Former Cowboys player facing life sentence, says he shared pot with dozens of teammates
Sam Hurd, who formerly played for the Dallas Cowboys and Chicago Bears as Wide Receiver, says he has nothing left to lose and is opening up about his sharing of cannabis with teammates during his time there.
Facing a possible life sentence for possession of cocaine and marijuana with intent to distribute, Hurd stated the other day that he smoked marijuana with many teammates and distributed it to around 25 players on the Cowboys roster.
Hurd says that he smoked it “all day, every day, and I didn’t want to hear anyone trying to tell me I had a problem” calling himself “an addict.”
“Everything I’ve done in relation to this case is a direct result of my marijuana addiction and would get me and lead me to more marijuana,” he said.
Hurd said he began smoking while rehabbing after ankle surgery in 2008.
Hurd was arrested in 2011 after walking out of a Morton’s steakhouse in Chicago with a kilogram of cocaine from undercover federal agents. Hurd also told undercover officers he wanted 5 to 10 kilos of cocaine and 1,000 pounds of marijuana a week to distribute.
Once outside, he was arrested within moments, capping months of investigation. The Bears subsequently released him in the middle of a three-year $5 million contract.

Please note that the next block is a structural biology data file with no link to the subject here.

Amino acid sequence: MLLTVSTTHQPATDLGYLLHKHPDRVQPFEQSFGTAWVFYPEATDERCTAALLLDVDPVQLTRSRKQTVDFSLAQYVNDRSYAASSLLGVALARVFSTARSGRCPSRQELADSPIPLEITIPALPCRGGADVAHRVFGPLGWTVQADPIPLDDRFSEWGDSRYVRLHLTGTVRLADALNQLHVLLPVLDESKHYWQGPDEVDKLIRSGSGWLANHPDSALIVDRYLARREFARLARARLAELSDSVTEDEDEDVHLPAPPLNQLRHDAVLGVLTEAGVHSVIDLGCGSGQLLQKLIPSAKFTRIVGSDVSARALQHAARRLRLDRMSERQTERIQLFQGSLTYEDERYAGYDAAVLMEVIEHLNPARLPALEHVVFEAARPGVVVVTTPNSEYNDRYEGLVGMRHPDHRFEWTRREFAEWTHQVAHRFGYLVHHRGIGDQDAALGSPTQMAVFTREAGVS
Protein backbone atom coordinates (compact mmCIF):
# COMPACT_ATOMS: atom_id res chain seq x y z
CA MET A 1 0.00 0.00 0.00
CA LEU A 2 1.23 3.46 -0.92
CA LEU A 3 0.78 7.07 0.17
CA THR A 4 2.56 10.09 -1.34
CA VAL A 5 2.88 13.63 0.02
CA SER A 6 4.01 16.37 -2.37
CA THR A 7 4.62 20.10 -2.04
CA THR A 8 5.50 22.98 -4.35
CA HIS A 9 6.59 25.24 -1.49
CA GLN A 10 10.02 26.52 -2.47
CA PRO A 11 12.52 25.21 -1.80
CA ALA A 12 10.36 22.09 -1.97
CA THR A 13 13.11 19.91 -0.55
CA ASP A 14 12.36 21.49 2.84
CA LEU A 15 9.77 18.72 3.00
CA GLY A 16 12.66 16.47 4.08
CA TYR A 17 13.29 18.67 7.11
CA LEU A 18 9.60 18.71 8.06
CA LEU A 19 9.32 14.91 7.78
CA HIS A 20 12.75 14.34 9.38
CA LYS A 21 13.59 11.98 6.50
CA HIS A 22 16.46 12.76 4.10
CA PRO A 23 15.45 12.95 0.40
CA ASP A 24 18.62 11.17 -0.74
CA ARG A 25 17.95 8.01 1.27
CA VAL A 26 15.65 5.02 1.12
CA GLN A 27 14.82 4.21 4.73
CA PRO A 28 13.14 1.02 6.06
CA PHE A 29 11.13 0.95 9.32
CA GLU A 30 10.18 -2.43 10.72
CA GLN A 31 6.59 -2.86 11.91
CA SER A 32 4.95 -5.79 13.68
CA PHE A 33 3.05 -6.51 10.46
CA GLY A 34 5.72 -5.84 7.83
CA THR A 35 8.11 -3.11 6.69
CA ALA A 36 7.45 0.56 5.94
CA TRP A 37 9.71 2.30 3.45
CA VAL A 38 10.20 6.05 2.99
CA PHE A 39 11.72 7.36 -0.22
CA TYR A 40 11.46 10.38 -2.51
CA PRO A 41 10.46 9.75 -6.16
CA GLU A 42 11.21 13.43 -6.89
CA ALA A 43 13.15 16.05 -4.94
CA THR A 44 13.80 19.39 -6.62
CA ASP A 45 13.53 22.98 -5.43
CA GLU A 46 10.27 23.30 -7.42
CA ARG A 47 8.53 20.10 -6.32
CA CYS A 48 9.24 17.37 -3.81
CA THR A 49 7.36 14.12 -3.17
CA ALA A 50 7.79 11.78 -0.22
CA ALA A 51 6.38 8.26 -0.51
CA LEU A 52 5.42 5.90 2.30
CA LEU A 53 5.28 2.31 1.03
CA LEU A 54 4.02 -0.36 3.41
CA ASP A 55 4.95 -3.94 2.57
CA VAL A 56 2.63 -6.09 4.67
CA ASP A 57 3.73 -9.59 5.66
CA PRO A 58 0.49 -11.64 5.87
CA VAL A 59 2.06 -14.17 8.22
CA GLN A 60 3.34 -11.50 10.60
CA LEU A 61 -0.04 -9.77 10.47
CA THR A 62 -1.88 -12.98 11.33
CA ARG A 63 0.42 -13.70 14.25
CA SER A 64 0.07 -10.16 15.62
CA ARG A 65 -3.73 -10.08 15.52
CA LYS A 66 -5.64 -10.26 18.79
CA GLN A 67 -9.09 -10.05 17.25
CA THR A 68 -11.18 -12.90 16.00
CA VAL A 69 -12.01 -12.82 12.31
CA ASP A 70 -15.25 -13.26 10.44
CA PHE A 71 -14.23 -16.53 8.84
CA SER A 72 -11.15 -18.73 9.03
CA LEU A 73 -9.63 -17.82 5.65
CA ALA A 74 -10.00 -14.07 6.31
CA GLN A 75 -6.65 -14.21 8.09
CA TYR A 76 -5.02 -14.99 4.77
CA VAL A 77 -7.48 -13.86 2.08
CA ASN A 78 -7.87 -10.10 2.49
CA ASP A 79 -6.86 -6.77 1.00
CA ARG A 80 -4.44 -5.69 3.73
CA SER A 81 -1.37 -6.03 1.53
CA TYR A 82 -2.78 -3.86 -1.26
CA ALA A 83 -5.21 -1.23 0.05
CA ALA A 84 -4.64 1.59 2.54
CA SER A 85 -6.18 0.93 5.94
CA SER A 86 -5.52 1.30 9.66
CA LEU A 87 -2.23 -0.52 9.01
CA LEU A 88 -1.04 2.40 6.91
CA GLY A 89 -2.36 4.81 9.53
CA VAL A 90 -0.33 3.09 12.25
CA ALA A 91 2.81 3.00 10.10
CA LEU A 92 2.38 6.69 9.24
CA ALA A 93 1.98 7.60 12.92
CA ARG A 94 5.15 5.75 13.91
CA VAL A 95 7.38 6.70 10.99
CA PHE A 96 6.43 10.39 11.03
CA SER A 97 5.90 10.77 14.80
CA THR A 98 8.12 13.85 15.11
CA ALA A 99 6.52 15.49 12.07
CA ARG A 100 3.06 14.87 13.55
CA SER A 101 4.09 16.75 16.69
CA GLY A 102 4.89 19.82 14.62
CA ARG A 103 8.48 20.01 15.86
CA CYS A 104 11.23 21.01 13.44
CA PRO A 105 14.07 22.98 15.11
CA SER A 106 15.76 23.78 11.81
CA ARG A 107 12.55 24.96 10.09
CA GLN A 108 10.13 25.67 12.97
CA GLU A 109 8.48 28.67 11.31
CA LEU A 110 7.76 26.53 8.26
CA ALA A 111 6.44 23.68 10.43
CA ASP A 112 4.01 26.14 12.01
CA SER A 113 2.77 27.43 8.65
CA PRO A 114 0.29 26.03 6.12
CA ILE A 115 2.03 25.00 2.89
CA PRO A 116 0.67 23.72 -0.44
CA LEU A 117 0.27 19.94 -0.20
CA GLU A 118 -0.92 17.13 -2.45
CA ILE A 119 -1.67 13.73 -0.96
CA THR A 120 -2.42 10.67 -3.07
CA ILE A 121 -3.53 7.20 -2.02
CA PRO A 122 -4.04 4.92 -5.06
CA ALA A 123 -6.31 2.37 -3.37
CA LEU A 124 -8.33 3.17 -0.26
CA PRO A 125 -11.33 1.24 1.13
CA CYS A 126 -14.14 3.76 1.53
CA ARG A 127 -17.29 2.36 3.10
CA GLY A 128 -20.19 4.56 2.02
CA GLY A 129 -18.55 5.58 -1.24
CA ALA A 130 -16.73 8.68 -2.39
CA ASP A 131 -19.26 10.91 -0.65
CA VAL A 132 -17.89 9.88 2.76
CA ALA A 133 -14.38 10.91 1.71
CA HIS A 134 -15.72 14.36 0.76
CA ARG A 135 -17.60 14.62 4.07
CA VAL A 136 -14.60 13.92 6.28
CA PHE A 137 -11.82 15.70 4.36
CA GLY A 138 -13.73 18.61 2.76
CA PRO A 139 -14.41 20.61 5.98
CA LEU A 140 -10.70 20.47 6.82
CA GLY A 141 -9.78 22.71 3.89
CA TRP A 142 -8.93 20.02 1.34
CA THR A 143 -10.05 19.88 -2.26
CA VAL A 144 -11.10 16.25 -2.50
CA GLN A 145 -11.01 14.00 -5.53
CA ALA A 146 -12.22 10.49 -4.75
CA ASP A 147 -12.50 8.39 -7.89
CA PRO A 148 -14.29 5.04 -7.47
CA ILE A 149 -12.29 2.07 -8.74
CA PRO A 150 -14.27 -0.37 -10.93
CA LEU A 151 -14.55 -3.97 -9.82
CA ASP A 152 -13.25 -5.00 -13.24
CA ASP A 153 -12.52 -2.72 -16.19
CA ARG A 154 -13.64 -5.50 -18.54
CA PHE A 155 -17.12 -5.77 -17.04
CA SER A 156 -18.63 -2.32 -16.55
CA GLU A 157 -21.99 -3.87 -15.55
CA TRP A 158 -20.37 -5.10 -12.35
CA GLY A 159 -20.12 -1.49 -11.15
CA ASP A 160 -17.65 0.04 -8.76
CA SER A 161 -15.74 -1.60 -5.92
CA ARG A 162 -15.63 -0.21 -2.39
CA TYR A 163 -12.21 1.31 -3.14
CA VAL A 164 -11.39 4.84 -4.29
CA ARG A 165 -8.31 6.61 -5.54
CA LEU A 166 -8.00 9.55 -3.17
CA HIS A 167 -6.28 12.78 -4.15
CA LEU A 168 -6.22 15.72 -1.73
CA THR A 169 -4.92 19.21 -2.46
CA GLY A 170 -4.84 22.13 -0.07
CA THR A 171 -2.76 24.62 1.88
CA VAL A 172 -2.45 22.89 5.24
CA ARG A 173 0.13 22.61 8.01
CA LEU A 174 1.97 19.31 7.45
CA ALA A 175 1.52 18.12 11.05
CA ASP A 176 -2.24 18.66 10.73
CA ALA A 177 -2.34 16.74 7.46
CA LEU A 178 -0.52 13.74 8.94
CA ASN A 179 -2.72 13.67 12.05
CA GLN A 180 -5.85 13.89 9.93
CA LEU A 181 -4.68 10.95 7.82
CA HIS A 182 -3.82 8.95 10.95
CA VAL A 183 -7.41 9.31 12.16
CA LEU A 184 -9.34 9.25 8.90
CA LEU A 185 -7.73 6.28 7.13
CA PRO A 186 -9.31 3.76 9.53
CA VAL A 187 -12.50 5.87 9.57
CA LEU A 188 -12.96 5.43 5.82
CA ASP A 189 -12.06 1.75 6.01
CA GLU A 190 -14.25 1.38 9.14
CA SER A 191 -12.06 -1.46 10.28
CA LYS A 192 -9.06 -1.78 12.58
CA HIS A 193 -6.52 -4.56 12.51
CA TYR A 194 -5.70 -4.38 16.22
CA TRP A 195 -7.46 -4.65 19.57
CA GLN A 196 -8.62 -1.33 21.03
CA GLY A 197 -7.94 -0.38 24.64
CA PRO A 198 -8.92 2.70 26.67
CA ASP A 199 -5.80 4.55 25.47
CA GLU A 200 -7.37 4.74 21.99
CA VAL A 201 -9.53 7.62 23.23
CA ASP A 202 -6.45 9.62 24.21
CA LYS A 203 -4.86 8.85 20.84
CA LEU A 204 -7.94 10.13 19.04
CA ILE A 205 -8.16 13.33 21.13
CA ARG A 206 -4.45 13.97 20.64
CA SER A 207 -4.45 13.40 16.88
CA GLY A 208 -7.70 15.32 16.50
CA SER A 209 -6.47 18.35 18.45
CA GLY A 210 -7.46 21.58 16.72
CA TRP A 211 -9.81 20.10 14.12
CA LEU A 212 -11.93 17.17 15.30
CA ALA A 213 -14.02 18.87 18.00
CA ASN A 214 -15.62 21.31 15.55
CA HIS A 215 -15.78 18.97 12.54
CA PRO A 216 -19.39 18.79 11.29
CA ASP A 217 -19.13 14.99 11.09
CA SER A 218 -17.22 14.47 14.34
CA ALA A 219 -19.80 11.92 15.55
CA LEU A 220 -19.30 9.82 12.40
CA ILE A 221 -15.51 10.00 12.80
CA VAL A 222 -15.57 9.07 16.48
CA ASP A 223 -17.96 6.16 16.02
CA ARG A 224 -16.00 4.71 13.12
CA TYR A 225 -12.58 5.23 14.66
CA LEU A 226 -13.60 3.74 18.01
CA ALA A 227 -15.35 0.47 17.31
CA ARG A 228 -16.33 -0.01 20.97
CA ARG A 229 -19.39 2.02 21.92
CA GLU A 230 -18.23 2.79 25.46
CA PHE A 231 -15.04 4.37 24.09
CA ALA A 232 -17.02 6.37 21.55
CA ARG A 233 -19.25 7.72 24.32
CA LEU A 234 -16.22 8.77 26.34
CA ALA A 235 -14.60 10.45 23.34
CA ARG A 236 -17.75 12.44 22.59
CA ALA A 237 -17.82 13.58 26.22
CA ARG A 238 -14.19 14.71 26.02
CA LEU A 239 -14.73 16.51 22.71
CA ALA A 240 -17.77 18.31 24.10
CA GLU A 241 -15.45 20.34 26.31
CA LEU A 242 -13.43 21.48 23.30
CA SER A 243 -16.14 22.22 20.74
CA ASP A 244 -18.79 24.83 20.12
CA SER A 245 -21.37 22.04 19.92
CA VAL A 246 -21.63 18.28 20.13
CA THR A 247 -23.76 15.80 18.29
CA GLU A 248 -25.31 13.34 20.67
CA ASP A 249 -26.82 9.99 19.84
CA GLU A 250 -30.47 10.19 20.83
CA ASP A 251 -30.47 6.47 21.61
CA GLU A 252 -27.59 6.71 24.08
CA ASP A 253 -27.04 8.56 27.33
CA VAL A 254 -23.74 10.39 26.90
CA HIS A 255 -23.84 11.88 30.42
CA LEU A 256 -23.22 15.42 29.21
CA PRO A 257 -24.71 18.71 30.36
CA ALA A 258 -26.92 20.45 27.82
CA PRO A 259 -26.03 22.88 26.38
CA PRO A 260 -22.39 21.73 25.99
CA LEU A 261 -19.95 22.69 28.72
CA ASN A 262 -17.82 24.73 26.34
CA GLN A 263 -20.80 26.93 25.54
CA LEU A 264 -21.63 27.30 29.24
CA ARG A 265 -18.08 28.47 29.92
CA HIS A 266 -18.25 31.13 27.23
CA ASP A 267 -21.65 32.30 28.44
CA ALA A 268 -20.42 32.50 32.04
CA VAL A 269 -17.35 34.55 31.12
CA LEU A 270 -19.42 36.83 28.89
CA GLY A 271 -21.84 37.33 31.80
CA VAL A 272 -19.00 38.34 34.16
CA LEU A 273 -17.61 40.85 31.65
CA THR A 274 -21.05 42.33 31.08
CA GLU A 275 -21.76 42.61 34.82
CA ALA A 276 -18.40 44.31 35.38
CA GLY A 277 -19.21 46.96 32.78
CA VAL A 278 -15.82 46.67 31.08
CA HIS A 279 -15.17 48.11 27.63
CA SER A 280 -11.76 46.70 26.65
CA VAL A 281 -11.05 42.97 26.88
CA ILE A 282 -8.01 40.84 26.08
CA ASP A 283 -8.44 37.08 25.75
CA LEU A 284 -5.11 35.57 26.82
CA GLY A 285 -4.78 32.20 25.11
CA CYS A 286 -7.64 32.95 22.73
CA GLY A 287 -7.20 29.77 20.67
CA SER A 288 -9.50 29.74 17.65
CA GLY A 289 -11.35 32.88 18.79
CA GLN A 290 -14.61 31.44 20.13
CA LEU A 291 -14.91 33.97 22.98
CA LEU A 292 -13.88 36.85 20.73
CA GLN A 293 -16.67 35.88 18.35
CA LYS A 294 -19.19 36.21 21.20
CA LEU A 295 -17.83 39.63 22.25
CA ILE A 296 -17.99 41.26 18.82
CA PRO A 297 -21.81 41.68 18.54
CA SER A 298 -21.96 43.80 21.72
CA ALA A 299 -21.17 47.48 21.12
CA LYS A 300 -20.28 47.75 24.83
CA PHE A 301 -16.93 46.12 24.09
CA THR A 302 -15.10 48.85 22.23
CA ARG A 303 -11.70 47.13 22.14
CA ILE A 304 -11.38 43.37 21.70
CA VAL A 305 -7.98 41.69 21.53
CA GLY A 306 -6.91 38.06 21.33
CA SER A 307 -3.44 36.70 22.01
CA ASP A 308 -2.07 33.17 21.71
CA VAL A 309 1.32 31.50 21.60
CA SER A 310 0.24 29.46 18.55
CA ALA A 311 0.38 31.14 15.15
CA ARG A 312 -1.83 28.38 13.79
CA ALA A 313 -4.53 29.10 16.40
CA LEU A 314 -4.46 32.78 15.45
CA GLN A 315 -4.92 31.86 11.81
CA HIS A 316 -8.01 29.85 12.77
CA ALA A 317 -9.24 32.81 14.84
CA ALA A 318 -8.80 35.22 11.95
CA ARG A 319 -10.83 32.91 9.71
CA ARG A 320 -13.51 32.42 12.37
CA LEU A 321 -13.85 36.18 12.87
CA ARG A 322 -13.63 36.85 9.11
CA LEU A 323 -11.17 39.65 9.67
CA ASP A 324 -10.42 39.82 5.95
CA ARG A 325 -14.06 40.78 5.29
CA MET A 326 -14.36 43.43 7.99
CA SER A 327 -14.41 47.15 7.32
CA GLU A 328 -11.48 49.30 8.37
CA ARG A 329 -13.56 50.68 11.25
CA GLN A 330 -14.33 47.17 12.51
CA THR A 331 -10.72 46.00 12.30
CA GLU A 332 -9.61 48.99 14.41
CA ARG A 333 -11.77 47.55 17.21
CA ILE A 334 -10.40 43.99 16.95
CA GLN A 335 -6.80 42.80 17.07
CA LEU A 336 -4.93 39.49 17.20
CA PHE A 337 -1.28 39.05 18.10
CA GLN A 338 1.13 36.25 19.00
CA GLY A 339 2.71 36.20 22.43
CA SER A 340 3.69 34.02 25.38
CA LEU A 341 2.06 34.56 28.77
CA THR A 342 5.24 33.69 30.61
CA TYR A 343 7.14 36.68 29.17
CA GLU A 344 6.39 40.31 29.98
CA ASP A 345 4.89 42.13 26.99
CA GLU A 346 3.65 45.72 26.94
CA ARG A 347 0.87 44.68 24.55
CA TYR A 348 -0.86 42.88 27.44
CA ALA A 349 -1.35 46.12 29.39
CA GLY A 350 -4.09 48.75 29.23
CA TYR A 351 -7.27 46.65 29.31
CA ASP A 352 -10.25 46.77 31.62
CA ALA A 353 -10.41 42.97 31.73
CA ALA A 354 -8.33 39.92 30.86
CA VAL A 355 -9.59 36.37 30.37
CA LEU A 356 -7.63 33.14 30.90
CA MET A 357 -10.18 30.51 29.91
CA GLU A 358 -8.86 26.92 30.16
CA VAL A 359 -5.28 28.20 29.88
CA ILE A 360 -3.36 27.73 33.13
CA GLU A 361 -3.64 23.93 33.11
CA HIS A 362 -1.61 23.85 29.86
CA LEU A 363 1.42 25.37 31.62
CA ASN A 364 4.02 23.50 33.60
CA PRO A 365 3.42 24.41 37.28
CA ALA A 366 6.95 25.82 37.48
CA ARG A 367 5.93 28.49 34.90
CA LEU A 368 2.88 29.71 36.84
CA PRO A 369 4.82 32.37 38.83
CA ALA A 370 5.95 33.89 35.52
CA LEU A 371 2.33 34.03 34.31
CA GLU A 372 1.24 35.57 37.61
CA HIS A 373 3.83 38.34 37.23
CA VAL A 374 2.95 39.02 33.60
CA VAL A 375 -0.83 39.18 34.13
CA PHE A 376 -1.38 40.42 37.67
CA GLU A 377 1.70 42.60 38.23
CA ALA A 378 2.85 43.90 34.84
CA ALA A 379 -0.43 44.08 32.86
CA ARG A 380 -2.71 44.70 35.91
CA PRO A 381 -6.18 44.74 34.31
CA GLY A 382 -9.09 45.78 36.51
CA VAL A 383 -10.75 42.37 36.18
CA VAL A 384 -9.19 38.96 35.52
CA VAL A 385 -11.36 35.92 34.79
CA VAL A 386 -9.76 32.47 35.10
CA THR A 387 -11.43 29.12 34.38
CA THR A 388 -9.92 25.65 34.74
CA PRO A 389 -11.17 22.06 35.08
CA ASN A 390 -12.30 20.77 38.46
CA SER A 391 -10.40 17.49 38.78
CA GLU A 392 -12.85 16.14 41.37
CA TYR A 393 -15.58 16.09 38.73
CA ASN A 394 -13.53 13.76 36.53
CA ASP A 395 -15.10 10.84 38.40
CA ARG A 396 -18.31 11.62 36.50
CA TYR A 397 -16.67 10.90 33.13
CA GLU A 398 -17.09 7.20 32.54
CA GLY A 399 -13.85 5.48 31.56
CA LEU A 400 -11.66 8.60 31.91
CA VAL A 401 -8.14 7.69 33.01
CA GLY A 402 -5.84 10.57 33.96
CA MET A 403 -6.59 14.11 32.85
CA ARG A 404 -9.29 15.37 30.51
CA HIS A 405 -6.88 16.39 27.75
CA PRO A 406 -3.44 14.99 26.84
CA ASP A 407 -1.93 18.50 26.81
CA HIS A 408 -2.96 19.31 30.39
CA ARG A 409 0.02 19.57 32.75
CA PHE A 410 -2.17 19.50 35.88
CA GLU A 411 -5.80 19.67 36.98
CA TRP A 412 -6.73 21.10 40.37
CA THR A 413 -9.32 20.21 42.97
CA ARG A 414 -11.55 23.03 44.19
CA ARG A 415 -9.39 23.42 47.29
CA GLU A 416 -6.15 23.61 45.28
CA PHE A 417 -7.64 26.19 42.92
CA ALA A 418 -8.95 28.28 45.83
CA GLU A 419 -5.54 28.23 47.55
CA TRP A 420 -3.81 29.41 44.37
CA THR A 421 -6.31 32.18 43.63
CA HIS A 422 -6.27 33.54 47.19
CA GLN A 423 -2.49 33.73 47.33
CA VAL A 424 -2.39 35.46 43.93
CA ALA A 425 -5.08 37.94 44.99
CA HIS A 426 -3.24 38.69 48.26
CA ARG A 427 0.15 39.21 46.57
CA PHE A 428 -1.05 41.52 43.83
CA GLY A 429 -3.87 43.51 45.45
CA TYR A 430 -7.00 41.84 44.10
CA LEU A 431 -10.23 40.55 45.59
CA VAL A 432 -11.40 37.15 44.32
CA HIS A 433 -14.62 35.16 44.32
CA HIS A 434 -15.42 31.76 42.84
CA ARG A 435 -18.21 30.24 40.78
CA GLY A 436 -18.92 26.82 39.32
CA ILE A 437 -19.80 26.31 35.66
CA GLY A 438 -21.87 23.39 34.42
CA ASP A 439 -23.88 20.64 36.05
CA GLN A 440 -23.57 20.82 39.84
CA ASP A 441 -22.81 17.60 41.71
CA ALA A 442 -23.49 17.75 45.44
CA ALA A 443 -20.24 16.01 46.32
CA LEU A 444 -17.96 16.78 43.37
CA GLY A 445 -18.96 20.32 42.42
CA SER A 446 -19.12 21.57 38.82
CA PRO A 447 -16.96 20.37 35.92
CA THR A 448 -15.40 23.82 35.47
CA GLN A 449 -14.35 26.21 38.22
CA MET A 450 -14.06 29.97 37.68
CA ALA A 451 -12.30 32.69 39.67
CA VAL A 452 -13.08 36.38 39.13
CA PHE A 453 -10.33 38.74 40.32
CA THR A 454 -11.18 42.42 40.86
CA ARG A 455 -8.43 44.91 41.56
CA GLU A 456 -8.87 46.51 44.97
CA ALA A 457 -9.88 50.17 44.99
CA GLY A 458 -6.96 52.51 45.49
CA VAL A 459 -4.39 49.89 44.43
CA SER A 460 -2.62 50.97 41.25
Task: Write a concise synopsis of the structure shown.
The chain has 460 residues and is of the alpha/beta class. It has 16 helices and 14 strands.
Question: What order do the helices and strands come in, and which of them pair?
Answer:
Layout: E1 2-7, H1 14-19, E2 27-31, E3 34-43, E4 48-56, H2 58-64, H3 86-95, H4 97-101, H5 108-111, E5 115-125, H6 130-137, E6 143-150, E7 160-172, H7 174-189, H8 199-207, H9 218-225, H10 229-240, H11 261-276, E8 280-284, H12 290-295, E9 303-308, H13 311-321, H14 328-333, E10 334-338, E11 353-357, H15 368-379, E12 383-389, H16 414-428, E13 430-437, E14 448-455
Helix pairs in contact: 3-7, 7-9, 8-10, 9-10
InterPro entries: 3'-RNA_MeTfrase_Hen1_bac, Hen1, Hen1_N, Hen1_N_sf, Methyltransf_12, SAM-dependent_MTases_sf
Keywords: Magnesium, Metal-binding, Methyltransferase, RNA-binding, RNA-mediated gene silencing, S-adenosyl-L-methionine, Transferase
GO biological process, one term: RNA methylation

Initially he didn’t begin buying and selling drugs for profit, but for fun. “I’m in the NFL and I’m gonna ask people for a few hundred dollars on top of what I paid for it? Nah, slide me what I got for it and take it. Enjoy it,” he was quoted in a Sports Illustrated article.
Hurd has been in federal custody since the summer of 2012, when he was arrested in San Antonio after testing positive for marijuana while out on bond.
His lawyers argued though that he was only partly involved in the drug enterprise prosecutors mapped out. They argued there is no evidence connecting him to his cousin, Jesse Tyrone Chavful, a co-defendant with a long criminal history. Chavful was sentenced to eight years in prison for his role.
Instead, Hurd’s lawyers said that text messages and phone calls between the two men was for printing T-shirts, which was Chavful’s business. Mike McCrum, Hurd’s attorney, provided a statement from Shatone Powers, a college teammate of Hurd’s at Northern Illinois who outlined business plans for the shirts. McCrum cited text messages and phone calls traced to Chavful that showed his partners were not Hurd but associates in Austin, Texas. One of the men Chavful regularly dealt with was the father of — perhaps coincidentally —Lions cornerback Chris Houston, McCrum said.
He pleaded guilty after talks between the two sides broke down. The government later filed a revised indictment, charging him with one federal drug count instead of six.
Facing between 10 years to life, the San Antonio native found out his fate yesterday as a federal judge sentenced him to 15 years in prison for his role in trying to set up a massive drug operation spanning three states beginning in July 2011 until June 6, 2012.
After hearing his sentence he stated “I have a lot of regrets, I regret not thinking about the consequences.”
While he didn’t name names, Hurd believes at least half of NFL players smoke marijuana.
By: Stephen Carter
Contact Stephen via email at TXCann@gmail.com
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